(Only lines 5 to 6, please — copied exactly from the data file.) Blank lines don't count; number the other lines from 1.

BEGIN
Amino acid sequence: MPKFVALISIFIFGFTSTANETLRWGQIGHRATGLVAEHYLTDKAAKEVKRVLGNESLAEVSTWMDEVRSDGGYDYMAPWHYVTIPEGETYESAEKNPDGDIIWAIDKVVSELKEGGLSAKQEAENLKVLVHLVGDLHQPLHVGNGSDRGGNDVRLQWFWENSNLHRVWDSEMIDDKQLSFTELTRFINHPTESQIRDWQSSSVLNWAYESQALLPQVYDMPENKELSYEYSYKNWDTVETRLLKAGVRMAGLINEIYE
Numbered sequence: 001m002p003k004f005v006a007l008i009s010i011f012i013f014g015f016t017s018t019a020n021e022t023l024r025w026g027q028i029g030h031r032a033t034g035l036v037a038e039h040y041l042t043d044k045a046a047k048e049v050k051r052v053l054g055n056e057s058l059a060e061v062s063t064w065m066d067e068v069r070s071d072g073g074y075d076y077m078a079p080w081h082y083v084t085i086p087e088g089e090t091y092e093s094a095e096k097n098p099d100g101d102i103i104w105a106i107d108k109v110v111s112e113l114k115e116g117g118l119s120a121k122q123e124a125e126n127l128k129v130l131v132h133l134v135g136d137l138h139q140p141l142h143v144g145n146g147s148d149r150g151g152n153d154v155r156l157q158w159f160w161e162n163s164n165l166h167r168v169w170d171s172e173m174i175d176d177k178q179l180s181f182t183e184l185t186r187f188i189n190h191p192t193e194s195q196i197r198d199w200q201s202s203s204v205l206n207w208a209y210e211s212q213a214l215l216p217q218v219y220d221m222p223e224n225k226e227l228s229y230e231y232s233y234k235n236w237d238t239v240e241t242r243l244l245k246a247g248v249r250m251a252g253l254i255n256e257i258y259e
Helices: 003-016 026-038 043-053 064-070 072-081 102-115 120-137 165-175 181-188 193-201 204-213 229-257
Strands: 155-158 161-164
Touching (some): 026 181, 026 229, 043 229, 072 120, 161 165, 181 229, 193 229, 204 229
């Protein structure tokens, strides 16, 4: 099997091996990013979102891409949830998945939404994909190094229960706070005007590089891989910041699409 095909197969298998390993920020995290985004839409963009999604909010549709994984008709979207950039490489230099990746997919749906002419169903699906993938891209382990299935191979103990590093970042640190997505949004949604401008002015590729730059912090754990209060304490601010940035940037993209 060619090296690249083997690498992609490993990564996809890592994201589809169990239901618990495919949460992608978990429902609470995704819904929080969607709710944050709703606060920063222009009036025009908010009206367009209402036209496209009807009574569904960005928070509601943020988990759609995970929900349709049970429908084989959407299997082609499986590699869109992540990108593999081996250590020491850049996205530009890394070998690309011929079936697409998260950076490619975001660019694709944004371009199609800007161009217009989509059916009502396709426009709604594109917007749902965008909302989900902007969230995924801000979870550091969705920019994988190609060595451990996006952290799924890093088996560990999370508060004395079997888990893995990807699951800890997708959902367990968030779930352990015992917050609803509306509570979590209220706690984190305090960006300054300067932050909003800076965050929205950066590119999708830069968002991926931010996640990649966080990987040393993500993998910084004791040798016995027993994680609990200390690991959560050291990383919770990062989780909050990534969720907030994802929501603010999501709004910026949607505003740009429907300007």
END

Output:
Touching (some): 026 181, 026 229, 043 229, 072 120, 161 165, 181 229, 193 229, 204 229
């Protein structure tokens, strides 16, 4: 099997091996990013979102891409949830998945939404994909190094229960706070005007590089891989910041699409 095909197969298998390993920020995290985004839409963009999604909010549709994984008709979207950039490489230099990746997919749906002419169903699906993938891209382990299935191979103990590093970042640190997505949004949604401008002015590729730059912090754990209060304490601010940035940037993209 060619090296690249083997690498992609490993990564996809890592994201589809169990239901618990495919949460992608978990429902609470995704819904929080969607709710944050709703606060920063222009009036025009908010009206367009209402036209496209009807009574569904960005928070509601943020988990759609995970929900349709049970429908084989959407299997082609499986590699869109992540990108593999081996250590020491850049996205530009890394070998690309011929079936697409998260950076490619975001660019694709944004371009199609800007161009217009989509059916009502396709426009709604594109917007749902965008909302989900902007969230995924801000979870550091969705920019994988190609060595451990996006952290799924890093088996560990999370508060004395079997888990893995990807699951800890997708959902367990968030779930352990015992917050609803509306509570979590209220706690984190305090960006300054300067932050909003800076965050929205950066590119999708830069968002991926931010996640990649966080990987040393993500993998910084004791040798016995027993994680609990200390690991959560050291990383919770990062989780909050990534969720907030994802929501603010999501709004910026949607505003740009429907300007």